Morning Reads

Good morning! A Charlie Brown Christmas debuted on TV 50 years ago tonight. Back in 1965, its producers thought it would be a flop, but the program became an instant classic, and now department stores play its jazz soundtrack over and over for a month or more. Here are some reads…

Shutdown, here we come! –> “With government funding set to run out in just three days, divisions within the House Republican Conference are surfacing yet again,” Jake Sherman and Lauren French report for Politico. If it can get its act together, Congress may pass a short-term fix, “keeping the government open for a ‘handful of days.'”

The Freedom Caucus, that 40-some member coalition of extreme right Republicans, is holding its party’s feet to the fire with a number of demands the Obama administration won’t approve. The Washington Post’s Kelsey Snell and Karoun Demirjian write that those demands include “increasing screening for refugees from Syria and Iraq, giving states the power to deny some federal funds to abortion providers, scaling back environmental and banking regulations, and giving health care providers the right to object to providing certain services that go against their religious beliefs.”

Campaign finance is an issue, too –> Freedom Caucus members also “dislike a campaign finance provision backed by [Senate Majority Leader] McConnell that would increase strict limits on how much national party committees can spend to coordinate with individual candidates,” the Post’s Snell and Demirjian report. Right-wing reps worry that the rule would give the Republican Party establishment too much power. But that establishment could “ease those concerns by including language that would allow the rule to apply to potential third party committees that might be created in the future.”

Good-government advocacy groups don’t like that plan one bit: “This so-called ‘compromise’ would have the effect of destroying the candidate contribution limits enacted to prevent the corruption of federal officeholders,” says reformer Fred Wertheimer.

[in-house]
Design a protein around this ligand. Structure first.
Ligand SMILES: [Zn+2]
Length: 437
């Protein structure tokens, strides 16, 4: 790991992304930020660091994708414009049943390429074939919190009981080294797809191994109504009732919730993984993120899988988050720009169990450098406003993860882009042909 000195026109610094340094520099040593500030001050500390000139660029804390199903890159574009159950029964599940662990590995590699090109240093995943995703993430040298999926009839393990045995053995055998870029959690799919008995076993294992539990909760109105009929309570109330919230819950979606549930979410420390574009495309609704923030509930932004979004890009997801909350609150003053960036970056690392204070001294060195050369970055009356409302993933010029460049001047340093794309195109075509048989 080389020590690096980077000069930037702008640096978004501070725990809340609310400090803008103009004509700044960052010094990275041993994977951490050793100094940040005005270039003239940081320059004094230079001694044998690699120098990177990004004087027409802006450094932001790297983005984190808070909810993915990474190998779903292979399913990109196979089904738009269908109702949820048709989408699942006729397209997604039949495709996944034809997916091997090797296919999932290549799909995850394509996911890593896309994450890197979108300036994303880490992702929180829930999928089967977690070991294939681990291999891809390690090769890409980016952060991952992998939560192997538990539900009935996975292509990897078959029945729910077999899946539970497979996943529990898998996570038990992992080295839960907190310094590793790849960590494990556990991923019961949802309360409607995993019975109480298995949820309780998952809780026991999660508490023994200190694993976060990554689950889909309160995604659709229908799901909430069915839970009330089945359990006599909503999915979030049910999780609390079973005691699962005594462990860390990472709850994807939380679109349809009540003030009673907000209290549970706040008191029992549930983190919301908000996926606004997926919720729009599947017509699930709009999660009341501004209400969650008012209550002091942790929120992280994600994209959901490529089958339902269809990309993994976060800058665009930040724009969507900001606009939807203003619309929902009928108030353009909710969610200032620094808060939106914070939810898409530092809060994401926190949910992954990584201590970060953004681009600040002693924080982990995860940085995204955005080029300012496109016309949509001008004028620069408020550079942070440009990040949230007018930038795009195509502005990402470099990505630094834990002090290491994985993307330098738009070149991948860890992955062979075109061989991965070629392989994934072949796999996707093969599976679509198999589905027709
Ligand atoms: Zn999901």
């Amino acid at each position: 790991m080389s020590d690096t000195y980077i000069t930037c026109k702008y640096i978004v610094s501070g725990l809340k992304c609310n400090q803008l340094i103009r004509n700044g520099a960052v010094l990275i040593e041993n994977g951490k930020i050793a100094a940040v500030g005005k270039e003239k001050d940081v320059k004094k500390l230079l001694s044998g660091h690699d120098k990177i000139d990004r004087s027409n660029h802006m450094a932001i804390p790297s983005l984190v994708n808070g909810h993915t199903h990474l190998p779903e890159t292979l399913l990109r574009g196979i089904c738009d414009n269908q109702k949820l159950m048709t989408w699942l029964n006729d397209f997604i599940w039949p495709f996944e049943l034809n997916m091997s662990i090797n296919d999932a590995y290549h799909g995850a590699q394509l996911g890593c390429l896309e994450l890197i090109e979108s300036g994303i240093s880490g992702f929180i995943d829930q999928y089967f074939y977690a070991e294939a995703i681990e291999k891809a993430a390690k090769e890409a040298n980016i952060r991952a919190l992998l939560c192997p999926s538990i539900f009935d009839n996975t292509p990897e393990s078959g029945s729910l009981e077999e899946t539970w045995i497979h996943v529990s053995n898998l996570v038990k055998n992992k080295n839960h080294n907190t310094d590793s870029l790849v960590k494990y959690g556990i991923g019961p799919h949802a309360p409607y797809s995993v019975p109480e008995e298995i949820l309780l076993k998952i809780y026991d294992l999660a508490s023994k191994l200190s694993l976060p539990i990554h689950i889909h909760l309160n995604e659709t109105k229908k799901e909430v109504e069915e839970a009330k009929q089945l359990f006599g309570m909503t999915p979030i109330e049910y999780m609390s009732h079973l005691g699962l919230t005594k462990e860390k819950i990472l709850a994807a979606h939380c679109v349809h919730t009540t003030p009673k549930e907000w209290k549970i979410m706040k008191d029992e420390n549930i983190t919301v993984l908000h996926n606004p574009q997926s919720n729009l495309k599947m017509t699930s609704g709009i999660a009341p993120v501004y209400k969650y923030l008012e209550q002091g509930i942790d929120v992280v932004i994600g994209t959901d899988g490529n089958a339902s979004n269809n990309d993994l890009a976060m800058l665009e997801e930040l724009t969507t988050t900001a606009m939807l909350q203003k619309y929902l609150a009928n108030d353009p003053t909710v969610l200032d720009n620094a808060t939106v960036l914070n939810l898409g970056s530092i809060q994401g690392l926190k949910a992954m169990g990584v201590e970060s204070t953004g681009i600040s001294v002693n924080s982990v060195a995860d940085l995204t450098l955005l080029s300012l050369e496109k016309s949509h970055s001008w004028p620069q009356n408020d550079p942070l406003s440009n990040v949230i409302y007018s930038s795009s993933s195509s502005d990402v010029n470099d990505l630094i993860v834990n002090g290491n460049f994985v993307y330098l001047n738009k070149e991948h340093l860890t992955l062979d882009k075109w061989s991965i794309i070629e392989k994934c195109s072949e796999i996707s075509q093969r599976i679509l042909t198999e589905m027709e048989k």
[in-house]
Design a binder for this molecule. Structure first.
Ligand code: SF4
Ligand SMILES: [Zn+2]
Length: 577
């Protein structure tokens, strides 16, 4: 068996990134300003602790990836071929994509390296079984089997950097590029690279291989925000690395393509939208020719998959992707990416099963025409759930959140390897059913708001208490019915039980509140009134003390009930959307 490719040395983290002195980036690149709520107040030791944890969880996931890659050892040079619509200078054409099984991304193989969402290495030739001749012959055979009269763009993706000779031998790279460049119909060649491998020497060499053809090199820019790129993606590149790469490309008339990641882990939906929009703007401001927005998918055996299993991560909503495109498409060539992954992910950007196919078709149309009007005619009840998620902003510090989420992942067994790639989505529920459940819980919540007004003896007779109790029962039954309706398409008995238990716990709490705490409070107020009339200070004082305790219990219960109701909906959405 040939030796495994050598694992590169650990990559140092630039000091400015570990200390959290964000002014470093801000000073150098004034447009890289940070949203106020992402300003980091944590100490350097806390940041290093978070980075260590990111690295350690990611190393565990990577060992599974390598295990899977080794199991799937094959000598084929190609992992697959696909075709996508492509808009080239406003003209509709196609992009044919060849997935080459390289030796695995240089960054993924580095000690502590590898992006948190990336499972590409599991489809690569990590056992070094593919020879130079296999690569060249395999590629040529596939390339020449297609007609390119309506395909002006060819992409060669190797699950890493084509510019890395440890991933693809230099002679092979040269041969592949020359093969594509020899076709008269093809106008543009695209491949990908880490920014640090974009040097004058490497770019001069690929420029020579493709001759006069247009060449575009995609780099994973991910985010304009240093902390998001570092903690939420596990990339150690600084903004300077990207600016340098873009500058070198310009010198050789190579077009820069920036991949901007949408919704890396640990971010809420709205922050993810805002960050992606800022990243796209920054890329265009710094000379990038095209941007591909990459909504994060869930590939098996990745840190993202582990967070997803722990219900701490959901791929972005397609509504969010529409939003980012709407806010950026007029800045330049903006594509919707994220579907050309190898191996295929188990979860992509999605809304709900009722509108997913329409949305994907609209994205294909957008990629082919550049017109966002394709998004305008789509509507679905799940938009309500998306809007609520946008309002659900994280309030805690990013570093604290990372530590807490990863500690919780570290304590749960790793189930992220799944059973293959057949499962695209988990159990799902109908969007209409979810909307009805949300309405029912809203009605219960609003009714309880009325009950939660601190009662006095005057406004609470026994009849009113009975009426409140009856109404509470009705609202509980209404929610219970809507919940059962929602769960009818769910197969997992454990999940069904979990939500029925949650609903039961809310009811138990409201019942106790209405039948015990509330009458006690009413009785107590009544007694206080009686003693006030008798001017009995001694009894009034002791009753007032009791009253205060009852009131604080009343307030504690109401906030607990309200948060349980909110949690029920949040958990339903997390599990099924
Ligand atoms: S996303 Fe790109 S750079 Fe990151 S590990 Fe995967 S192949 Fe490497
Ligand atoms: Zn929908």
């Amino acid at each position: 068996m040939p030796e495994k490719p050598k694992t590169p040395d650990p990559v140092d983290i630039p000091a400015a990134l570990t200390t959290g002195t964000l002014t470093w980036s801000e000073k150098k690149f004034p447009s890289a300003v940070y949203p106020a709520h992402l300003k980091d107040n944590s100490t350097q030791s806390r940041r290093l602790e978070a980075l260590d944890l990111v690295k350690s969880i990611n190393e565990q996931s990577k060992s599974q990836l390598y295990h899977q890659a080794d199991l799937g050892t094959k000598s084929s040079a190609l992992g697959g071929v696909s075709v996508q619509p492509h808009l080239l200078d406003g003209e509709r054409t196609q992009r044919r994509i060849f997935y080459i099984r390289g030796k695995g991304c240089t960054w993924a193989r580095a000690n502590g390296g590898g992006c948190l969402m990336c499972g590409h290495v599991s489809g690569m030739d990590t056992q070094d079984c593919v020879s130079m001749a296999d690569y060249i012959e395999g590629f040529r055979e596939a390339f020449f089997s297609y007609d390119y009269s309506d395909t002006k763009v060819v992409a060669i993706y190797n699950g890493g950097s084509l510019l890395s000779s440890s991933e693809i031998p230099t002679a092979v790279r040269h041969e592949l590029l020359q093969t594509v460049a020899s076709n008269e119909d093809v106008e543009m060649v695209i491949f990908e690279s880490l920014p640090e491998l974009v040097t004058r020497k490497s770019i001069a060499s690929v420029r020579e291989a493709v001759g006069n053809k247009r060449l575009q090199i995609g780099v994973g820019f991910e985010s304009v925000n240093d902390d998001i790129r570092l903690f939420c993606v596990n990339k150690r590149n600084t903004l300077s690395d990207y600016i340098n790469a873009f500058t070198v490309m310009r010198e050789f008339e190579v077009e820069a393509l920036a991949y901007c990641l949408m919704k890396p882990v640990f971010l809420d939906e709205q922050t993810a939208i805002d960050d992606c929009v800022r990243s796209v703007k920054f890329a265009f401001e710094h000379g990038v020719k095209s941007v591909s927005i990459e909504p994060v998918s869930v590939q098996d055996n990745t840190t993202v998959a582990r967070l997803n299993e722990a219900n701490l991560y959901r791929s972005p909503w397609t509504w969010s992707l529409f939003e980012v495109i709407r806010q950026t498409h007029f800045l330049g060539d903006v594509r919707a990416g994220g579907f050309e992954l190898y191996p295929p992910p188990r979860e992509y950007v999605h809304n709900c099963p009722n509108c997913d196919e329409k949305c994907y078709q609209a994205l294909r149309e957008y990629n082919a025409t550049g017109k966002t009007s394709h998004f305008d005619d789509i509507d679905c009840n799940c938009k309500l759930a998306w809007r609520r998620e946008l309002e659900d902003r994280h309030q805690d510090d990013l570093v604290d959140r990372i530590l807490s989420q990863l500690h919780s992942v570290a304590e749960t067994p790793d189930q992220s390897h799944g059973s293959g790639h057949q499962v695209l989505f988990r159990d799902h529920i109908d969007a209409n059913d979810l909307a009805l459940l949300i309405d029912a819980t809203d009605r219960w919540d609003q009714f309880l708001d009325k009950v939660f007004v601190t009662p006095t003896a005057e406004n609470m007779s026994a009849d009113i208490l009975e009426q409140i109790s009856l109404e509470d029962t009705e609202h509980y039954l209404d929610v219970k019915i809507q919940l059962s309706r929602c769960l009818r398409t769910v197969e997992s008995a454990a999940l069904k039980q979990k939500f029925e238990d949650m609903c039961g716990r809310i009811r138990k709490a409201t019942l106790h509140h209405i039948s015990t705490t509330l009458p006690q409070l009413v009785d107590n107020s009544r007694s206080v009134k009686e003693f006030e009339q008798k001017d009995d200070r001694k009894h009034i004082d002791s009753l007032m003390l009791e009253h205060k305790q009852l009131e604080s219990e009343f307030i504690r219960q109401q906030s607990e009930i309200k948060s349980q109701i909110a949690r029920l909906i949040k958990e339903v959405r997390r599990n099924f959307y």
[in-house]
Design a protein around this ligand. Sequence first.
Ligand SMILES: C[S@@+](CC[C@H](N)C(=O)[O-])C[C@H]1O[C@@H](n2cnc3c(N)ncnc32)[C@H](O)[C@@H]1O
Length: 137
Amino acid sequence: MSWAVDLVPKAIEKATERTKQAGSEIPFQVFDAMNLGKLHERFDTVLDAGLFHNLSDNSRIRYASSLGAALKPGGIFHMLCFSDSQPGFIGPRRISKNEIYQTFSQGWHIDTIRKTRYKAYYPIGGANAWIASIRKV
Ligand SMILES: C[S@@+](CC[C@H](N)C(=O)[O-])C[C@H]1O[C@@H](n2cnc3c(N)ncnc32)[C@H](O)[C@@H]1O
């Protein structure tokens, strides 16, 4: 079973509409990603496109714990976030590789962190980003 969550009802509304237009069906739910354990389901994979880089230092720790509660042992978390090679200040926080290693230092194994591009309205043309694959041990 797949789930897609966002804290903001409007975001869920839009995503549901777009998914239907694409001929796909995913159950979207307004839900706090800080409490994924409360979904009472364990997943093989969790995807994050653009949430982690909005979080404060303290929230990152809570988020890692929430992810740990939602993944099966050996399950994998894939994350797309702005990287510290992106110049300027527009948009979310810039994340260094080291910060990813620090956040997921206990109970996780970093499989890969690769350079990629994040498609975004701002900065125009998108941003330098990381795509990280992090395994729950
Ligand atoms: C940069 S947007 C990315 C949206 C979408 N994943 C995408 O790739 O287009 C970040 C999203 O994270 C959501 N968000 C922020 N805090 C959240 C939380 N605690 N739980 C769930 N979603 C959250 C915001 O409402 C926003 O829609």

Another big player leaves ALEC –> “American Electric Power (AEP), one of the largest electricity utilities in the US, is to ditch its membership of the American Legislative Exchange Council (ALEC), a rightwing organisation that has consistently opposed the deployment of renewable energy and action on climate change,” writes Oliver Milman at The Guardian. The company says the decision was made as it prepares to comply with President Obama’s Clean Power Plan.

Dissembling for hire –> Greenpeace activists posing as representatives of the oil and gas industry approached two of the scientists often cited by climate-denying politicians, and both agreed to write research for hire that would come to the conclusions these “industry insiders” wanted. One of the scientists testified yesterday at a Senate hearing put together by Ted Cruz to promote climate change denial.

Who’s pushing to end the ban? –> Nine of America’s most prominent think tanks — including the Brookings Institution, the Council on Foreign Relations, the Cato Institute, and the American Enterprise Institute — want America to lift the oil export ban, a move that, given certain market conditions, could make climate change far worse. “The think tanks’ new push for lifting the ban only makes sense in light of their deep and extensive ties to oil companies,” write Robert Galbraith, Aaron Cantú, and Kevin Connor in a new report for the Public Accountability Initiative that details those connections.

It has nothing to do with taxes! –> Lanny Davis, DC insider extraordinaire and “professional friend-of-the-Clintons,” is now hawking citizenship in the tiny Caribbean island nation of St. Kitts & Nevis, with prices starting at $250,000. “Why would an American buy a Caribbean passport, if not to evade taxes?” asks Molly Ball at The Atlantic. “It is somewhat difficult to get an explanation for this.”

Basic income –> Finland is “weighing a proposal for a basic income: an approach to welfare in which residents would get a flat amount of money every month, regardless of how rich they are.” Dylan Matthews explores this idea for Vox.

White nationalists love Trump –> “In what is becoming a fairly routine ritual in a campaign that has seen no shortage of racially charged rhetoric from the Republican front-runner, America’s prominent white nationalists again found comfort in a proposal from The Donald,” report Andrew Kaczynski and Christopher Massie at BuzzFeed. At Vox, Max Fisher writes that “Trump isn’t actually the problem here. Rather, he’s merely indulging a sentiment that was already widespread.” And at The Washington Post’s Monkey Cage blog, political scientist David T. Smith tells Henry Farrell that Trump’s rhetoric is similar to bigotry faced by Jews, Catholics and Mormons in the past.

Stranger than fiction –> Headline in The Onion: “‘This Will Be The End Of Trump’s Campaign,’ Says Increasingly Nervous Man For Seventh Time This Year.”

—Morning Reads is compiled by John Light and edited by Michael Winship.

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